The most profound statement in all of the Gospels and in Christian tradition can be summed up with the reading from John’s gospel today that proclaims “God so loved the world that he gave his only Son, so everyone who believes in him might have eternal life” (Jn. 3:16). The old testament reading from 2 Chronicles chapter 36 reminds us that God’s messengers and prophets were often mocked and despised due to the continuous nature of man’s fall from grace with “infidelity upon infidelity.” From the Assyrian to the Babylonian captivities, one may question how God could allow such atrocities to occur? However, as Psalm 137 verse 6 notes, our tongue should be silenced if we forget the Lord.
The gospel passage from John chapter 3 prepares the way for our Christian call to discipleship. Do we compartmentalize our faith and simply check off certain boxes in life? Are we like the Pharisee Nicodemus whom visits Jesus under the cover of darkness because our fortitude and courage to acknowledge Jesus as our Lord and Savior may not be popular or appear to be countercultural by today’s standards? Perhaps, we are like the ancient Israelites who hear the message, but refuse to let it take hold in our hearts? Whatever the case may be, our resolve should be to expose our fragility and brokenness from sin to the light of God. We should commit ourselves daily to strive to live in the light of Christ so that our “works may be clearly seen as done in God” (Jn.3:21).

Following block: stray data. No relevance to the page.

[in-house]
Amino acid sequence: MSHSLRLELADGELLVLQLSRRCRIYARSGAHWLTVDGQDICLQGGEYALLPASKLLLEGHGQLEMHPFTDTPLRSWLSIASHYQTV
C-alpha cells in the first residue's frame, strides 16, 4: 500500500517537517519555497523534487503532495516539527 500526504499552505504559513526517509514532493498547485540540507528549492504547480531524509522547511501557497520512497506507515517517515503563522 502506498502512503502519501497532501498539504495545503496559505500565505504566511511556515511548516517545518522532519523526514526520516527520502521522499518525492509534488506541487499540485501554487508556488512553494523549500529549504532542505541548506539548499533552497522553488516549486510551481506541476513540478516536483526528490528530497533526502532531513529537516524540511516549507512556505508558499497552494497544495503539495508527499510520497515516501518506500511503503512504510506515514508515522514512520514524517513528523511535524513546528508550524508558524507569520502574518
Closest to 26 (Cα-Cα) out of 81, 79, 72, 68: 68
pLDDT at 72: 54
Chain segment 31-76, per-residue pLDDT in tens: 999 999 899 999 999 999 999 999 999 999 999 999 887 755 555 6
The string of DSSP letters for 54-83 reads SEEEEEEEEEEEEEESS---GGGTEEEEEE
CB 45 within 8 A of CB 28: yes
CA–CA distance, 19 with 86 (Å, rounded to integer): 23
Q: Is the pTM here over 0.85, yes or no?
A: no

As our entrance antiphon notes, “Rejoice, Jerusalem” for we are reminded that we our illuminated by His grace and love each and every day, and each moment God gives us on this earth should be one for rejoicing. As Thomas Aquinas once reflected in looking at the dichotomy between being a contemplative to that of our call to apostolic mission, he stated in the Summa Theologiae that it is “better to illuminate than merely to shine…” (ST Ia-IIae, q. 188, a.6). How will we radiate the light of Jesus Christ in our troubled and dark world this day?